Preston v. Home Depot USA Inc et al

Filing 46

ORDER granting Home Depot's 39 Motion to Seal; denying Preston's 34 Motion to Compel. Signed by Judge Lauren King. (MJV)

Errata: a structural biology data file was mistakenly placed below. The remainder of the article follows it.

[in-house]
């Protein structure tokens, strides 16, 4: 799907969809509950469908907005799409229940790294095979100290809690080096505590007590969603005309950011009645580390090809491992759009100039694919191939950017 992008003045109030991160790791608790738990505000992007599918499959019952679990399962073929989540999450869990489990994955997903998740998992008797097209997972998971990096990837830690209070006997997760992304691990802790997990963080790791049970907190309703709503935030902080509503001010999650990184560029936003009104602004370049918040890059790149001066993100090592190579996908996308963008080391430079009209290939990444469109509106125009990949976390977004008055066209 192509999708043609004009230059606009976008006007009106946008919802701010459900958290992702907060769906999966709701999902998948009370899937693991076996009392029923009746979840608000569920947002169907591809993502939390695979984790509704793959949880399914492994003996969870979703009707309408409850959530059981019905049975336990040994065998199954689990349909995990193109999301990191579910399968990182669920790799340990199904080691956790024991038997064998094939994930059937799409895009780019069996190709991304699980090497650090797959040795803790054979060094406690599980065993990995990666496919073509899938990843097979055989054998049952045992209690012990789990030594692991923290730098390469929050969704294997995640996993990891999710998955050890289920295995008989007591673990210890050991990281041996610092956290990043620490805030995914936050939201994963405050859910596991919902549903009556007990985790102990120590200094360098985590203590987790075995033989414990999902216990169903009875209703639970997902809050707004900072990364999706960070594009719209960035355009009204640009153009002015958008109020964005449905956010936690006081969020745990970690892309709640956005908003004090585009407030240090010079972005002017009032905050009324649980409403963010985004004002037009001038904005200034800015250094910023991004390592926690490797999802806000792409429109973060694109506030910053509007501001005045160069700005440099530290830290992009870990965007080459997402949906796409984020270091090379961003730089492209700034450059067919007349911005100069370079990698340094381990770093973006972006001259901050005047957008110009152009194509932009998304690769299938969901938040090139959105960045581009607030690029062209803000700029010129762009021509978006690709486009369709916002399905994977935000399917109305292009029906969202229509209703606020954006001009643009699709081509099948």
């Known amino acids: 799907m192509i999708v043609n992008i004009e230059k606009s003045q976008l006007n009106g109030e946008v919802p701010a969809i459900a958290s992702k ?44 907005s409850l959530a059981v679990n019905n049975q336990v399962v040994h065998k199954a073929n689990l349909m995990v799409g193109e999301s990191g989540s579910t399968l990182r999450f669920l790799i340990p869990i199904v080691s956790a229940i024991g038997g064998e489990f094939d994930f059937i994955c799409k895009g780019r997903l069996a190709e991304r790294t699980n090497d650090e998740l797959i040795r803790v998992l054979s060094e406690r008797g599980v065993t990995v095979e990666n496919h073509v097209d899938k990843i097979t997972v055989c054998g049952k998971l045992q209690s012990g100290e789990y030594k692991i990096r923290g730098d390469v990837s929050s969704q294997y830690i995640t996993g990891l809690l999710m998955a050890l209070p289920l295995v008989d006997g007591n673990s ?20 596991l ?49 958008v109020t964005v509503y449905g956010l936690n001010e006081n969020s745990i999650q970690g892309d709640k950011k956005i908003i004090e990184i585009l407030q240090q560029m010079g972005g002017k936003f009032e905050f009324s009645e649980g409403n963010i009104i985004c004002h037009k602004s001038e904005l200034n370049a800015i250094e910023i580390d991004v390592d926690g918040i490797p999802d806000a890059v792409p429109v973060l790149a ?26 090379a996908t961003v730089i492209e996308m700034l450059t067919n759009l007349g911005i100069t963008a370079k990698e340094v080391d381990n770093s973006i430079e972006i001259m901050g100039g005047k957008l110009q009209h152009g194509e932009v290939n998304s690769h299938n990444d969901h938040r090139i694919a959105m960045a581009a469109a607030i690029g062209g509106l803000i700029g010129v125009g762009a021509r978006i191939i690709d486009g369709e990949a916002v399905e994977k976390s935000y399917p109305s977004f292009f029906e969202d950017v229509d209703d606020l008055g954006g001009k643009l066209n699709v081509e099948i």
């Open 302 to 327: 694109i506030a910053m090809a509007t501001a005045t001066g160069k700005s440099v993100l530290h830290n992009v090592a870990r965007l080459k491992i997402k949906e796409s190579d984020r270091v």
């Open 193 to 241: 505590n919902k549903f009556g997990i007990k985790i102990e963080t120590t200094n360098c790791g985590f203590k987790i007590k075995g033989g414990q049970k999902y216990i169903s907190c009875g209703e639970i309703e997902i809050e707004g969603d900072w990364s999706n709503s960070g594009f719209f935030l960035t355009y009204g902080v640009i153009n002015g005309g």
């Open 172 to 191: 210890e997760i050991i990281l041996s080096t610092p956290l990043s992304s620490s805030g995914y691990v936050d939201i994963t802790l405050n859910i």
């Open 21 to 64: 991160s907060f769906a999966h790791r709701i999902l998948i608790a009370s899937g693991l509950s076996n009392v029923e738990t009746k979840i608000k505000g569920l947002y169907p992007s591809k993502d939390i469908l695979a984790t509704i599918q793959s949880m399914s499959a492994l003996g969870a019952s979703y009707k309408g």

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1 2 3 4 5 6 7 UNITED STATES DISTRICT COURT WESTERN DISTRICT OF WASHINGTON AT SEATTLE 8 9 10 11 12 CHRISTOPHER PRESTON, v. CASE NO. 2:22-cv-00439-LK Plaintiff, 13 HOME DEPOT USA, INC., et al., 14 Defendants. ORDER DENYING PLAINTIFF’S MOTION TO COMPEL AND GRANTING DEFENDANT’S MOTION TO SEAL 15 16 This matter comes before the Court on Plaintiff Christopher Preston’s Motion to Compel, 17 Dkt. No. 34, which Defendant Home Depot USA, Inc. opposes, Dkt. No. 40, as well as Home 18 Depot’s Motion to Seal, Dkt. No. 39. For the reasons discussed below, the Court denies Preston’s 19 motion to compel and grants Home Depot’s motion to seal. 20 I. BACKGROUND 21 Preston initiated this action in Snohomish County Superior Court in November 2021, 22 alleging that he tore his bicep when he slipped and fell inside a Home Depot store on June 1, 2019. 23 24 ORDER DENYING PLAINTIFF’S MOTION TO COMPEL AND GRANTING DEFENDANT’S MOTION TO SEAL - 1 1 Dkt. No. 1-1 at 2–4; see also Dkt. No. 35 at 1–2; Dkt. No. 36-1 at 2. 1 In April 2022, Home Depot 2 removed the action to federal district court. Dkt. No. 1. Following several stipulated continuances, 3 the discovery deadline is currently October 18, 2024. See Dkt. Nos. 20, 25, 28, 30. 4 On June 4, 2024, Preston moved to compel Home Depot to respond to his requests for 5 production and interrogatories “relating to the maintenance and replacement of the security camera 6 which recorded [his] accident.” Dkt. No. 34 at 1. In August 2022, Home Depot responded to 7 Preston’s initial request for “all the photographs, film, videotape or other audiovisual records 8 related to this occurrence” by stating that it “does not have any photographs, film, videotape or 9 other audiovisual records related to this occurrence in its possession custody or control.” Dkt. No. 10 36-3; see also Dkt. No. 36-4 at 2 (April 12, 2024 email from Home Depot’s counsel indicating 11 same). On May 22, 2024, Home Depot responded to Preston’s third set of interrogatories and 12 requests for production and affirmed that “there was no camera that captured [the] alleged 13 incident.” Dkt. No. 36-6 at 3; see also id. at 4–6 (same). However, Preston avers that when he 14 returned to the Home Depot store the day after his injury to fill out an incident report, he noticed 15 a security camera above the aisle where he fell, and that the manager told him that “she would 16 make sure that the footage was archived and saved.” Dkt. No. 35 at 2; see also Dkt. No. 36-2 at 3 17 (Home Depot form indicating that the incident was “captured on CCTV”). Preston’s counsel 18 likewise avers that he visited the store on March 30, 2024 and took a photo of “the camera mount” 19 above the aisle in question. Dkt. No. 36 at 2; see Dkt. No. 36-5 at 2 (counsel’s photograph). Preston 20 also seeks $3,925 in attorney’s fees under Federal Rule of Civil Procedure 37. Dkt. No. 34 at 5–6. 21 22 23 24 Preston sued both Home Depot USA, Inc. and Home Depot, Inc., Dkt. No. 1-1 at 2–3, but Home Depot represents that Home Depot USA, Inc. is the proper defendant because Home Depot, Inc. “does not own or operate the store in question and had no involvement in the subject incident,” Dkt. No. 40 at 1 n.1. In addition, Preston initially named Jaaron Lauterbach as a co-defendant and manager of the store where he slipped and fell, but Lauterbach successfully moved in state court to dismiss the claims against him. See Dkt. No. 1-1 at 3; Dkt. No. 1-16 at 2–3; Dkt. No. 2 at 2. 1 ORDER DENYING PLAINTIFF’S MOTION TO COMPEL AND GRANTING DEFENDANT’S MOTION TO SEAL - 2 1 Home Depot opposes Preston’s motion, arguing that “there is nothing to compel at all 2 because there was no CCTV camera in the location where the incident occurred,” and that “[f]or 3 the same reason,” there are no documents or identities to produce concerning the repair, removal, 4 maintenance, or replacement of “the non-existent CCTV camera.” Dkt. No. 40 at 2 (emphasis 5 omitted). In support of its position, Home Depot submits the sealed declaration of David 6 Henderson, an asset protection manager for the company. Dkt. No. 43. Henderson attests that some 7 in-store security camera domes are “dummy domes” and do not have cameras inside but are instead 8 used “solely for theft deterrence,” and that “employees, including the store managers, do not ‘know 9 exactly where cameras are located or which domes are dummy domes.’” Dkt. No. 40 at 3–4 10 (quoting Dkt. No. 43 at 2–3). Henderson further avers, under penalty of perjury, that “on the date 11 of the incident, June 1, 2019, there was no CCTV camera that captured the area where the Incident 12 took place.” Id. at 4 (quoting Dkt. No. 43 at 3). Accordingly, Home Depot states that the store 13 manager who filled out the incident form when Preston returned the day after his injury 14 “[p]resumably . . . saw the dummy dome at that location and made the same faulty assumptions 15 that [Preston] and his counsel have made here.” Id. at 5. 16 On reply, Preston argues that “[i]f the camera was a simulation, [he] is entitled to 17 documentation supporting that fact.” Dkt. No. 44 at 2; see also id. (“Even if the camera was a 18 simulation, it still, at the very least, was ordered and then installed by Defendant. Plaintiff has the 19 right to those documents establishing it is a simulation in order to verify that it is in fact a 20 simulation.”). Moreover, Preston contends that he has the right to depose Henderson and to ask 21 him about any such documents (or the lack thereof). Id. II. DISCUSSION 22 23 24 The Court first addresses Home Depot’s motion to seal before turning to Preston’s motion to compel. ORDER DENYING PLAINTIFF’S MOTION TO COMPEL AND GRANTING DEFENDANT’S MOTION TO SEAL - 3 1 A. Home Depot’s Motion to Seal is Granted 2 Home Depot moves to seal its response to Preston’s motion as well as Henderson’s 3 declaration due to the “confidential and proprietary information” they contain about Home Depot’s 4 CCTV system. Dkt. No. 39 at 2; see Dkt. Nos. 42–43. Specifically, Home Depot argues that 5 information regarding “the exact location of cameras and the angles captured by the cameras, and 6 which domes have cameras in them,” is “highly confidential,” and that public disclosure of such 7 information “would show the areas and blind spots not covered by cameras, which then could be 8 used by potential criminals, including shoplifters, to commit crimes and fraudulent activities on 9 the premises[.]” Dkt. No. 39 at 2. Preston did not file an opposition to this request. 2 10 Courts have recognized a “general right to inspect and copy public records and documents, 11 including judicial records and documents.” Kamakana v. City & Cnty. of Honolulu, 447 F.3d 1172, 12 1178 (9th Cir. 2006) (quoting Nixon v. Warner Commc’ns, Inc., 435 U.S. 589, 597 (1978)). 13 Accordingly, when a district court considers a sealing request, “a strong presumption in favor of 14 access is the starting point.” Id. (cleaned up). This presumption, however, “is not absolute and can 15 be overridden given sufficiently compelling reasons for doing so.” Foltz v. State Farm Mut. Auto. 16 Ins. Co., 331 F.3d 1122, 1135 (9th Cir. 2003) (citing San Jose Mercury News, Inc. v. U.S. Dist. 17 Ct., 187 F.3d 1096, 1102 (9th Cir. 1999)). Where, as here, the motion and its attachments are only 18 tangentially related to the merits of the case, the party seeking to seal the records need only show 19 good cause to meet this standard. Ctr. for Auto Safety v. Chrysler Grp., LLC, 809 F.3d 1092, 1097 20 (9th Cir. 2016) (citing Phillips ex rel. Ests. of Byrd v. Gen. Motors Corp., 307 F.3d 1206, 1213– 21 14 (9th Cir. 2002); Foltz, 331 F.3d at 1135). 22 23 24 Counsel for Home Depot represents that he was unable to reach counsel for Preston in advance of filing the motion to seal because they were out of the office. Id. at 1. Home Depot’s motion otherwise complies with Local Civil Rule 5(g). See id. at 3–4. However, the Court cautions that conferring in advance is a prerequisite to sealing under that rule, and it will deny future motions to seal that fail to meet this prerequisite. 2 ORDER DENYING PLAINTIFF’S MOTION TO COMPEL AND GRANTING DEFENDANT’S MOTION TO SEAL - 4 1 Additionally, in the Western District of Washington, parties moving to seal documents 2 must comply with the procedures established by Local Civil Rule 5(g). Under that rule, the party 3 who designates a document confidential must provide a “specific statement of the applicable legal 4 standard and the reasons for keeping a document under seal, including an explanation of: (i) the 5 legitimate private or public interest that warrant the relief sought; (ii) the injury that will result if 6 the relief sought is not granted; and (iii) why a less restrictive alternative to the relief sought is not 7 sufficient.” LCR 5(g)(3)(B). 8 For the reasons stated in Home Depot’s motion, Dkt. No. 39 at 2–4, and in light of Preston’s 9 non-opposition, the Court concludes that Home Depot has demonstrated good cause to seal its 10 unredacted response to Preston’s motion to compel and Henderson’s declaration, see, e.g., Johnson 11 v. E. Coast Waffles, No. 6:18-CV-608-JA-LHP, 2023 WL 6621050, at *2 (M.D. Fla. Oct. 11, 2023) 12 (granting unopposed motion to seal information that would “reveal[] the placement and location 13 of all security cameras at the subject restaurant”); cf. Fed. R. Civ. P. 26(c)(1)(G) (permitting, for 14 good cause shown, a protective order “requiring that a trade secret or other confidential research, 15 development, or commercial information not be revealed or be revealed only in a specified way”). 16 Therefore, it is appropriate to keep Docket Numbers 42 and 43 under seal. 17 B. Preston’s Motion to Compel is Denied 18 “Parties may obtain discovery regarding any nonprivileged matter that is relevant to any 19 party’s claim or defense[.]” Fed. R. Civ. P. 26(b)(1). In evaluating a disputed discovery request, 20 the Court should consider “the importance of the issues at stake in the action, the amount in 21 controversy, the parties’ relative access to relevant information, the parties’ resources, the 22 importance of the discovery in resolving the issues, and whether the burden or expense of the 23 proposed discovery outweighs its likely benefit.” Id. Materials need not be admissible in evidence 24 to be discoverable. Id. Information is relevant if it is “reasonably calculated to lead to the discovery ORDER DENYING PLAINTIFF’S MOTION TO COMPEL AND GRANTING DEFENDANT’S MOTION TO SEAL - 5 1 of admissible evidence.” Surfvivor Media, Inc. v. Survivor Prods., 406 F.3d 625, 635 (9th Cir. 2 2005) (quoting Brown Bag Software v. Symantec Corp., 960 F.2d 1465, 1470 (9th Cir. 1992)). 3 This Court has broad discretion to decide whether to compel disclosure. Id.; see also Phillips, 307 4 F.3d at 1211. 5 Here, Preston argues that “Home Depot has repeatedly responded that the accident was not 6 captured by Home Depot’s security cameras without providing any evidence of that assertion” or 7 explaining “how the accident was not recorded” by the aisle’s security camera. Dkt. No. 34 at 4. 8 Preston claims that he “is entitled to establish facts surrounding Home Depot’s . . . security camera 9 [in the subject aisle], including when and why it was removed and whether it was functioning on 10 June 1, 2019,” and “to identify and speak to the witnesses who worked on the cameras.” Id. at 5. 11 Even after receiving Henderson’s declaration, Preston maintains that he “still has zero 12 documentation relating to the camera above [the aisle in question].” Dkt. No. 44 at 2. Certainly, 13 Henderson’s sworn declaration constitutes documentation and evidence supporting Home Depot’s 14 assertion that no camera captured the alleged incident. And while the Court agrees that it should 15 have been unnecessary for Preston to have had to file a motion to compel to receive this 16 information, both parties’ counsel have submitted email correspondence suggesting that better 17 cooperation and communication could have likely resolved this issue without the need for court 18 intervention. See Dkt. No. 36-4 at 2; Dkt. No. 41-1. 19 In any event, the Court recently granted the parties’ stipulated motion to continue the trial 20 date and remaining pretrial deadlines, which extended the discovery deadline to October 18, 2024. 21 Dkt. No. 45 at 1. Thus, if Preston plans to depose Henderson or the store manager who indicated 22 in June 2019 that CCTV cameras captured the incident, there is still time to do so. However, the 23 Court does not have any indication that Home Depot possesses additional information or 24 documentation beyond what has already been provided to Preston in the discovery responses at ORDER DENYING PLAINTIFF’S MOTION TO COMPEL AND GRANTING DEFENDANT’S MOTION TO SEAL - 6 1 issue and in Henderson’s declaration, and the Court cannot compel Home Depot to produce or 2 disclose that which does not exist. See, e.g., Alphonsis v. Century Reg’l Det. Facility, No. CV-17- 3 03650-ODW (DFM), 2020 WL 11025946, at *2 (C.D. Cal. Oct. 28, 2020); Boyd v. Etchebehere, 4 No. 1:13-01966-LJO-SAB (PC), 2017 WL 1278047, at *3 (E.D. Cal. Jan. 13, 2017); Doty v. PPG 5 Indus., Inc., No. C14-5704 BHS, 2015 WL 8212861, at *2 (W.D. Wash. Dec. 8, 2015). 6 Nevertheless, the Court cautions Home Depot that it must supplement its disclosures if such 7 documentation or information is discovered, see Fed. R. Civ. P. 26(e)(1)(A), and that if such 8 information is discovered, Preston may renew his motion for sanctions, see Fed. R. Civ. P. 37(c). 9 Last, the Court encourages both parties to work cooperatively during the remainder of the 10 discovery period and to endeavor to resolve any disputes without court intervention. See LCR 11 37(a)(1). 12 13 14 III. CONCLUSION For the foregoing reasons, Preston’s motion to compel is DENIED, Dkt. No. 34, and Home Depot’s motion to seal is GRANTED, Dkt. No. 39. 15 16 17 18 19 Dated this 5th day of July, 2024. A Lauren King United States District Judge 20 21 22 23 24 ORDER DENYING PLAINTIFF’S MOTION TO COMPEL AND GRANTING DEFENDANT’S MOTION TO SEAL - 7